[Date Prev][Date Next]   [Thread Prev][Thread Next]   [Thread Index] [Date Index] [Author Index]

Re: [linux-lvm] how much memory does LVM need? oom-killer comes

Stuart D. Gathman schrieb:
On Mon, 3 Sep 2007, Tomasz Chmielewski wrote:

Out of memory: kill process 2220 (getty) score 24 or a child
Killed process 2220 (getty)
Kernel panic - not syncing: Out of memory and no killable processes...

Rebooting in 20 seconds..
Again, replying to myself, as no one on this list seem to have a clue about problems with LVM snapshots... I added RAM, and was able to boot again.

I don't have any answers, but I am very impressed by this kind of testing
and grateful for the contribution.  My thoughts on evil experiments
focused on timing and component failure. Obviously, resource limits are extremely important as well.

I suppose ideal behaviour would be to refuse to create a snapshot when
memory is "low".  But defining "low" can be tricky.

Not really.

We can still have plenty memory when we want to create a snapshot - but memory can shrink later, as the snapshot fills.

As I understand, and as experimentation shown, memory usage increases as the snapshot gets filled, with 3 MB of RAM per 1 GB of snapshot filled (more or less).

As the memory used for a snapshot is not swappable, from a certain point, it is possible to realize "I'm in trouble, but I can't do anything".

Let's watch at the process once again:

1. Make a snapshot of some large volume (it's easier than making multiple small snapshots). We still have plenty of RAM, so there is no sense in refusing to create a snapshot.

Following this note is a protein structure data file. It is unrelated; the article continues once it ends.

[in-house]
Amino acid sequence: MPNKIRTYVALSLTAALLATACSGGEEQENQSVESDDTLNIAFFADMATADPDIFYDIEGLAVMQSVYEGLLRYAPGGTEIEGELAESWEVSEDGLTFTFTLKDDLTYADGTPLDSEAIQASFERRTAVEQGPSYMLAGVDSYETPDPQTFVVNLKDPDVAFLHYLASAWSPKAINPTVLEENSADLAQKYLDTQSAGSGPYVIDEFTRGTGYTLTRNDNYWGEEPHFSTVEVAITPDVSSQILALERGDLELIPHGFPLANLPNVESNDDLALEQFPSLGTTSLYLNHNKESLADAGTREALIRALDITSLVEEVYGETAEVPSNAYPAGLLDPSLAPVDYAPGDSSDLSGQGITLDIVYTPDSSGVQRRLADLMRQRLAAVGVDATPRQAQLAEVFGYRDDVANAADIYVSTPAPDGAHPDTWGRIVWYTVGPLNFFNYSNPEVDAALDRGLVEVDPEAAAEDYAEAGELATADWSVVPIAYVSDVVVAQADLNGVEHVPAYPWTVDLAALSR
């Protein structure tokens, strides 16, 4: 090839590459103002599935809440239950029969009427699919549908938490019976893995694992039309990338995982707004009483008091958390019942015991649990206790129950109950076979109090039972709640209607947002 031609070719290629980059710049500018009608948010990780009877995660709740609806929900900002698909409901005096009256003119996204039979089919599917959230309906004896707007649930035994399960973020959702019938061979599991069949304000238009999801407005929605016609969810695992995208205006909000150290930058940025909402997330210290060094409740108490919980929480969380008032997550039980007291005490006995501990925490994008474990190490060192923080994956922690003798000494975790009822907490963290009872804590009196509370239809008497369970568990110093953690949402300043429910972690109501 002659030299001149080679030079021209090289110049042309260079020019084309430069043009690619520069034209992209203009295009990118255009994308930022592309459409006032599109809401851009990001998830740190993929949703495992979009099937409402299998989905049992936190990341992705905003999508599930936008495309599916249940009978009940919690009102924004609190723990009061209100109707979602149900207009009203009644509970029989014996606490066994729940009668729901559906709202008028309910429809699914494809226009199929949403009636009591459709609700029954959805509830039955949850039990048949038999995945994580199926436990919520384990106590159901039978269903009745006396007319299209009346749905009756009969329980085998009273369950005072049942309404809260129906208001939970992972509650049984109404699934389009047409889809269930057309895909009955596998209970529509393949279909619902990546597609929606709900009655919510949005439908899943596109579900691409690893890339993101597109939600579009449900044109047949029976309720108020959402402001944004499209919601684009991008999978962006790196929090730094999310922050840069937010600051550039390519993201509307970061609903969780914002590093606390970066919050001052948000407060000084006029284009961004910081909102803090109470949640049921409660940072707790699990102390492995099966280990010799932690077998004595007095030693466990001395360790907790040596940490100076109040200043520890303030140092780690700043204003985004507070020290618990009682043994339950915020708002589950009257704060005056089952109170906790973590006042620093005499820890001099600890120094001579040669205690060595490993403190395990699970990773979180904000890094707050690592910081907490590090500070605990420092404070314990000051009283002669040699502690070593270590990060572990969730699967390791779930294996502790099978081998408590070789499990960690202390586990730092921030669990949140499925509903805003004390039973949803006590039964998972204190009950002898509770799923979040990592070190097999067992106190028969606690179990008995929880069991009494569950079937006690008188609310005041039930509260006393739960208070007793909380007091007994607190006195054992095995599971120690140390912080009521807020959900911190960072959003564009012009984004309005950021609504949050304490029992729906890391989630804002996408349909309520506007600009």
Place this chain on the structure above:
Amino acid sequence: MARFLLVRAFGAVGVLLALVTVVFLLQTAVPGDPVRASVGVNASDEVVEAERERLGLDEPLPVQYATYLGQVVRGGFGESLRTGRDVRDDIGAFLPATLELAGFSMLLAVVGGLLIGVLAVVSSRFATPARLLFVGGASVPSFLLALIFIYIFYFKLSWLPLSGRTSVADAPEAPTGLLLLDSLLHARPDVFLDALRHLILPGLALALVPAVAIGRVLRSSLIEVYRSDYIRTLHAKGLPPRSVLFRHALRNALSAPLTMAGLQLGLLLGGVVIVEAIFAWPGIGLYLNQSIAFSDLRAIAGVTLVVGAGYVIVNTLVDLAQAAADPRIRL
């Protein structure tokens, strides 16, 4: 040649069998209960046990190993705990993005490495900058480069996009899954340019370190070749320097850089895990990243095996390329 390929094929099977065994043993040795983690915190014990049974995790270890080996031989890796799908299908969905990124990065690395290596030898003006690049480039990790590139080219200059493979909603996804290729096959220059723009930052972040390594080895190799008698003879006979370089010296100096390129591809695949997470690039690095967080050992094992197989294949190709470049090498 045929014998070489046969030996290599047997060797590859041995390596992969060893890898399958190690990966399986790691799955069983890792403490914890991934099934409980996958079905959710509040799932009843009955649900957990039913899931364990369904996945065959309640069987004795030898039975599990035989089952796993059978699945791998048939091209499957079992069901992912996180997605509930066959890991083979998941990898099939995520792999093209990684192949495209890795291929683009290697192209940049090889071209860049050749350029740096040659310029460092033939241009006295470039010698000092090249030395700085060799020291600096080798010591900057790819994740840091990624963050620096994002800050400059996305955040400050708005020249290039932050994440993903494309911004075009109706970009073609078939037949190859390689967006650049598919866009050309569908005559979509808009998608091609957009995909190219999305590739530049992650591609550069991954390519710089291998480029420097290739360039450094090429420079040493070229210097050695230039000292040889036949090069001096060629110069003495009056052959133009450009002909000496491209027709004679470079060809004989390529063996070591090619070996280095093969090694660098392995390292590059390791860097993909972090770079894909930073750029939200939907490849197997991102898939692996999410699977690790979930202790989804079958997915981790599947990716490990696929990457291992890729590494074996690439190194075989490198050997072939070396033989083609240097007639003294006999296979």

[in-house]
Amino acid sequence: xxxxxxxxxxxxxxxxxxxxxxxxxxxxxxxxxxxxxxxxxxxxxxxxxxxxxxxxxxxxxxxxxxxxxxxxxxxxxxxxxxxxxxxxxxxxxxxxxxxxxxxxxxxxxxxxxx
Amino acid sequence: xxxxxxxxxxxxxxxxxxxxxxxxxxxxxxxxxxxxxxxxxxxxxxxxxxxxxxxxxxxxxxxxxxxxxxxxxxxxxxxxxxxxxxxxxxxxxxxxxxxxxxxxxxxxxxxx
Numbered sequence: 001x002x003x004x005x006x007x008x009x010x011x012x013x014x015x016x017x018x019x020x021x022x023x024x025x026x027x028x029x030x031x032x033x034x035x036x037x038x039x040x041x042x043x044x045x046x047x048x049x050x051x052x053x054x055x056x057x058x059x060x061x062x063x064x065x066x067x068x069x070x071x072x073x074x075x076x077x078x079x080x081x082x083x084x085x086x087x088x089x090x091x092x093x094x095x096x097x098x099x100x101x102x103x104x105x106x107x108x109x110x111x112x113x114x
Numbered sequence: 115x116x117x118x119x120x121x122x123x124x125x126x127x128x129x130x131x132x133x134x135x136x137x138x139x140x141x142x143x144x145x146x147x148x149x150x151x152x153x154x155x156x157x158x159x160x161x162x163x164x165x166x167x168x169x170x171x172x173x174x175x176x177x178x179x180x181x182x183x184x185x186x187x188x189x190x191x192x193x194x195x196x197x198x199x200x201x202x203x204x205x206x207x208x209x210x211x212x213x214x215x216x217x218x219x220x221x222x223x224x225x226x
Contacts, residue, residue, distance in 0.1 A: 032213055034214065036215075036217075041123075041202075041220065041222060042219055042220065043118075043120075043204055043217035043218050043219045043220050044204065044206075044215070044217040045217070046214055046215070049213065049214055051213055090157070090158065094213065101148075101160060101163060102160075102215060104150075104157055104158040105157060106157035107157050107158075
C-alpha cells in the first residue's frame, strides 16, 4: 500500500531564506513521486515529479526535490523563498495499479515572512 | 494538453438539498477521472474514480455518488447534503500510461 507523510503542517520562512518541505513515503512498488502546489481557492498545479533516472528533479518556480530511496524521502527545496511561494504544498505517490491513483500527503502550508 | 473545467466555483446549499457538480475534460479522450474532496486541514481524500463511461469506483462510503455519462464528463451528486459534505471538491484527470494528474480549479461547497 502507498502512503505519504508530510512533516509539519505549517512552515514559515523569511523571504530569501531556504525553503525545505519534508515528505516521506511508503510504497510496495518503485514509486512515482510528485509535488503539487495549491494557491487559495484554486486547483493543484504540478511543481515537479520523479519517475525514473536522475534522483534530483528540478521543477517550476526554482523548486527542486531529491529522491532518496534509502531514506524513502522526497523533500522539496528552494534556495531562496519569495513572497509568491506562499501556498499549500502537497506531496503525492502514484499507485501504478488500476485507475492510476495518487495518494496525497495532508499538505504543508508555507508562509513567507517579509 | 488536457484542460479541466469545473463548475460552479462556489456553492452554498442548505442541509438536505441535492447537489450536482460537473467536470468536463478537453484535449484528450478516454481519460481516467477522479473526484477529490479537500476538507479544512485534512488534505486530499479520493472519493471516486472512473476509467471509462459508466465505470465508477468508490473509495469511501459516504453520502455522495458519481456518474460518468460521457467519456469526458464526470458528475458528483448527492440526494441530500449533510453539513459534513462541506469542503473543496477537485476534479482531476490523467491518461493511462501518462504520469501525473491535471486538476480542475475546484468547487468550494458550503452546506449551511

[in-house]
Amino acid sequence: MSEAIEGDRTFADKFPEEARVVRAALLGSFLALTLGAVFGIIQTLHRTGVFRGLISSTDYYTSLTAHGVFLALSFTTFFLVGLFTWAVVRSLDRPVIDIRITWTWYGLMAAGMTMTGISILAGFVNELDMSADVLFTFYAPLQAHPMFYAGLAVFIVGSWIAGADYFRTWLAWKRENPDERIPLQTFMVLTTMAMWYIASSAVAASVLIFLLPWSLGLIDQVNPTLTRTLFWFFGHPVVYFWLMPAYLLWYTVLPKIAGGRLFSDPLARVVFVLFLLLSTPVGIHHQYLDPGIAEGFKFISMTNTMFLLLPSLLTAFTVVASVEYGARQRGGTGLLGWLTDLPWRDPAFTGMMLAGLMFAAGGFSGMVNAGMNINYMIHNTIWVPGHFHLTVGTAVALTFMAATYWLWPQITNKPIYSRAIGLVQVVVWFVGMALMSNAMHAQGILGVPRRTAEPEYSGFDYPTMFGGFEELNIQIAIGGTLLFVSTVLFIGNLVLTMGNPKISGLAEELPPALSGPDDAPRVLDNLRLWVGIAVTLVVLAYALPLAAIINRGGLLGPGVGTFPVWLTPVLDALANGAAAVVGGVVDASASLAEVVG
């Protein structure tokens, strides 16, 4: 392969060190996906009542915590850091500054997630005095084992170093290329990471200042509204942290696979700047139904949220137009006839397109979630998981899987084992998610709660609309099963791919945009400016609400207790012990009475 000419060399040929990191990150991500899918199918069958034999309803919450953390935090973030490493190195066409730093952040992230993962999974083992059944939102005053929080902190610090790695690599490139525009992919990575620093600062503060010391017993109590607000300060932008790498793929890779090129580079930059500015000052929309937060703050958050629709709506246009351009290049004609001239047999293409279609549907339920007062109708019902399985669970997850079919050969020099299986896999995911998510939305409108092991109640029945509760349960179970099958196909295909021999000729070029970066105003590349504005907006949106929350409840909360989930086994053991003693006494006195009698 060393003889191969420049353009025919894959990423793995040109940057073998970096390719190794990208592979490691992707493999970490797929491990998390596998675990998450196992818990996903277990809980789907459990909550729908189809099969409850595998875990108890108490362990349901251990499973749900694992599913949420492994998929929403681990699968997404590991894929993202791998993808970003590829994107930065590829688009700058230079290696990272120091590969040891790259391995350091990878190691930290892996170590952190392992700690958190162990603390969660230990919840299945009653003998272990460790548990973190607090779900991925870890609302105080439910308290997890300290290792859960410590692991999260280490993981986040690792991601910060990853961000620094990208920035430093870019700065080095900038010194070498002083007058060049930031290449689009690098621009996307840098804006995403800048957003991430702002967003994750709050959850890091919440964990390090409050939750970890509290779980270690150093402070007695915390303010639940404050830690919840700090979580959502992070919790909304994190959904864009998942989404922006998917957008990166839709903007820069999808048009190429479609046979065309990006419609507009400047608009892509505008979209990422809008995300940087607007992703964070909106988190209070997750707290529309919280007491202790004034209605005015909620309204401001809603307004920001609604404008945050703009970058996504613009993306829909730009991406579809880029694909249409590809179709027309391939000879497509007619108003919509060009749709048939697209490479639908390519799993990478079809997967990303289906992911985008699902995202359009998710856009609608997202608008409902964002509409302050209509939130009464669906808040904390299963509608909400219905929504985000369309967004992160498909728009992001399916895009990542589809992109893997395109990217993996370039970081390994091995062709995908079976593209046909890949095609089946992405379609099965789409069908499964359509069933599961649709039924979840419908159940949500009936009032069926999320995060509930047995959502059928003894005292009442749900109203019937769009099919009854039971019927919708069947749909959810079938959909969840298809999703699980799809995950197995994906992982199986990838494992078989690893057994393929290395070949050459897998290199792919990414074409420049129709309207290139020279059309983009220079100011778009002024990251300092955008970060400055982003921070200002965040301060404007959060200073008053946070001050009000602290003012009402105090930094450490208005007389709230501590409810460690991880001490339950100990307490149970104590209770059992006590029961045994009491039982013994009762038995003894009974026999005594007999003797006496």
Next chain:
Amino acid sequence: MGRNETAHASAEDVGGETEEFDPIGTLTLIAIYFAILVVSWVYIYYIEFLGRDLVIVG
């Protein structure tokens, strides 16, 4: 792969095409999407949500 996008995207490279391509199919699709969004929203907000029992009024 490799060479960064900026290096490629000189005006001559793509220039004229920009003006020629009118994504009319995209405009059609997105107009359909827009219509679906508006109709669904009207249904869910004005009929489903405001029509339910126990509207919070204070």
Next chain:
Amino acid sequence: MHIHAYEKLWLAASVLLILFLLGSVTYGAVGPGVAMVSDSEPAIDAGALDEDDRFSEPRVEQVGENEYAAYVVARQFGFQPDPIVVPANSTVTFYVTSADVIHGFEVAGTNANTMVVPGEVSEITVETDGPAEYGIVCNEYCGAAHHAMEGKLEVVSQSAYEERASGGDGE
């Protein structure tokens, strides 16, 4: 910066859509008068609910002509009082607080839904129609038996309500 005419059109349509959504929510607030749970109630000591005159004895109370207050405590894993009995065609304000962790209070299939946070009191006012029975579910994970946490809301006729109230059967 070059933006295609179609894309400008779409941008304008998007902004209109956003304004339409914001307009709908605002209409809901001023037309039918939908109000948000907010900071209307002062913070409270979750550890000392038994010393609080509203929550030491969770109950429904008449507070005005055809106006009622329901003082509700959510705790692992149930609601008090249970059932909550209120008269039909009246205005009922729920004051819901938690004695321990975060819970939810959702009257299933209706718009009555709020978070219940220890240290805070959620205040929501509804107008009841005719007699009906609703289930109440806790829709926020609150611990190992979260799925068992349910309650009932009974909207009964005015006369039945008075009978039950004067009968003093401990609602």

2. Start filling the snapshot by either writing to the original, or to the snapshot. Memory usage increases.

3. As the snapshot fills, and you have less and less memory, from some point, you will no longer be able to remove the snapshot.

4. Now, you can only watch as the snapshot grows, your memory shrinks, the processes are getting killed, and eventually, the kernel panics. If you only have remote access, you're screwed.

Perhaps, in 1., instead of refusing to make a snapshot, make a printk, so that the admin knows what may happen? Is the memory used for a snapshot possible to calculate? Is it always ~3 MB RAM per 1 GB changes, or is it sometimes 1 MB, and sometimes 4 MB, depending on which data changes? If it remains more or less the same, add up all space reserved for snapshots, if it's more than we have, print a message.

BTW, wasn't it like that in some kernels before 2.6.22? With 2.6.18, I was getting a "cannot allocate memory" when I tried to create several snapshots. I guess it was a bug, though.

Ideally would be to make the memory needed for snapshots swappable, but I'm not sure the kernel would really like it.

Tomasz Chmielewski

[Date Prev][Date Next]   [Thread Prev][Thread Next]   [Thread Index] [Date Index] [Author Index]